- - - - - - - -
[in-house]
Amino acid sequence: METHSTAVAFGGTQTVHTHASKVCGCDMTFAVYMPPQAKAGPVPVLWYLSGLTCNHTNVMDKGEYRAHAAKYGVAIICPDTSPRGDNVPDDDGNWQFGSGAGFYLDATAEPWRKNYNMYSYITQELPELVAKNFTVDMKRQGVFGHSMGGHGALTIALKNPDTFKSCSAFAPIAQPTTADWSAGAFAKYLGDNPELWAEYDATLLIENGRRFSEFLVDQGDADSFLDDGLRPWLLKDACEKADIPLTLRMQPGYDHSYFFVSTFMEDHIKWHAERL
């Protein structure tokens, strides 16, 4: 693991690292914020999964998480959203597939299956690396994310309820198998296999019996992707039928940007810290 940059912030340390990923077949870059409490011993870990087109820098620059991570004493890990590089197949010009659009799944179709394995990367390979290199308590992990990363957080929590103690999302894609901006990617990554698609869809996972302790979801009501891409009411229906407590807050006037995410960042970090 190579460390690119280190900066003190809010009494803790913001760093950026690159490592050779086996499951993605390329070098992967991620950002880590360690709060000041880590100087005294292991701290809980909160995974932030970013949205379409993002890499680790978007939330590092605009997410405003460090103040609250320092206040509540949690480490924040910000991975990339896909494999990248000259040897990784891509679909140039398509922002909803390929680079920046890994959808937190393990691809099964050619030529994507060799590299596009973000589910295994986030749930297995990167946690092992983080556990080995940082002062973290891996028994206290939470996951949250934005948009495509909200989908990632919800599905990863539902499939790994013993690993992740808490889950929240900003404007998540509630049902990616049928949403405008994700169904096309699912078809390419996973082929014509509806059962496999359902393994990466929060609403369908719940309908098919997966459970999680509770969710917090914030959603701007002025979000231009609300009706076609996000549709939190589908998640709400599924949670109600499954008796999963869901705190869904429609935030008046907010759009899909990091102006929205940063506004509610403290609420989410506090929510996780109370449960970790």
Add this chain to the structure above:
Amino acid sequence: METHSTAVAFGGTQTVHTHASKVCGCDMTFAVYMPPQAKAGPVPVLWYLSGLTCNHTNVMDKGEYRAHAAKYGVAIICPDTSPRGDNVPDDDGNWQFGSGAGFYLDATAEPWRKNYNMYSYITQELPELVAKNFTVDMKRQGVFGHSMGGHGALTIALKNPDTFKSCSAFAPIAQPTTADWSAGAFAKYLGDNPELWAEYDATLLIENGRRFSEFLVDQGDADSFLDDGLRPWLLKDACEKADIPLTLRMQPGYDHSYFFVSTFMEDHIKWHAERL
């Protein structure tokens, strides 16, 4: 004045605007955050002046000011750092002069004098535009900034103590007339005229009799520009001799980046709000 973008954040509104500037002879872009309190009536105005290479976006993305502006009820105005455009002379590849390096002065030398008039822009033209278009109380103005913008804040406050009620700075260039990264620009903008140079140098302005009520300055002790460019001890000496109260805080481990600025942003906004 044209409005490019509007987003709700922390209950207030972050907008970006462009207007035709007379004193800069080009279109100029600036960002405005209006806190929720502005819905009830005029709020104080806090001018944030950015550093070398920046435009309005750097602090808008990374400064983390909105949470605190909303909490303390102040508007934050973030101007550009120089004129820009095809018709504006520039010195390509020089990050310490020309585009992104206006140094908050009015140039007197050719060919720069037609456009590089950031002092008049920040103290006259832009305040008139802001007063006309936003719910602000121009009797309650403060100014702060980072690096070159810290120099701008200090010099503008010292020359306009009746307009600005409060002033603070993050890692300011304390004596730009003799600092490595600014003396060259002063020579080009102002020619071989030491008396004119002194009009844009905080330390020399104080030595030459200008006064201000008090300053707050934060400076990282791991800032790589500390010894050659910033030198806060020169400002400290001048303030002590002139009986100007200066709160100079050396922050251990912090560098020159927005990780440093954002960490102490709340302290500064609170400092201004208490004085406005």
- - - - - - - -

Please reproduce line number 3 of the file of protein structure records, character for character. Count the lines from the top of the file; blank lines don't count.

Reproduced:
């Protein structure tokens, strides 16, 4: 693991690292914020999964998480959203597939299956690396994310309820198998296999019996992707039928940007810290 940059912030340390990923077949870059409490011993870990087109820098620059991570004493890990590089197949010009659009799944179709394995990367390979290199308590992990990363957080929590103690999302894609901006990617990554698609869809996972302790979801009501891409009411229906407590807050006037995410960042970090 190579460390690119280190900066003190809010009494803790913001760093950026690159490592050779086996499951993605390329070098992967991620950002880590360690709060000041880590100087005294292991701290809980909160995974932030970013949205379409993002890499680790978007939330590092605009997410405003460090103040609250320092206040509540949690480490924040910000991975990339896909494999990248000259040897990784891509679909140039398509922002909803390929680079920046890994959808937190393990691809099964050619030529994507060799590299596009973000589910295994986030749930297995990167946690092992983080556990080995940082002062973290891996028994206290939470996951949250934005948009495509909200989908990632919800599905990863539902499939790994013993690993992740808490889950929240900003404007998540509630049902990616049928949403405008994700169904096309699912078809390419996973082929014509509806059962496999359902393994990466929060609403369908719940309908098919997966459970999680509770969710917090914030959603701007002025979000231009609300009706076609996000549709939190589908998640709400599924949670109600499954008796999963869901705190869904429609935030008046907010759009899909990091102006929205940063506004509610403290609420989410506090929510996780109370449960970790």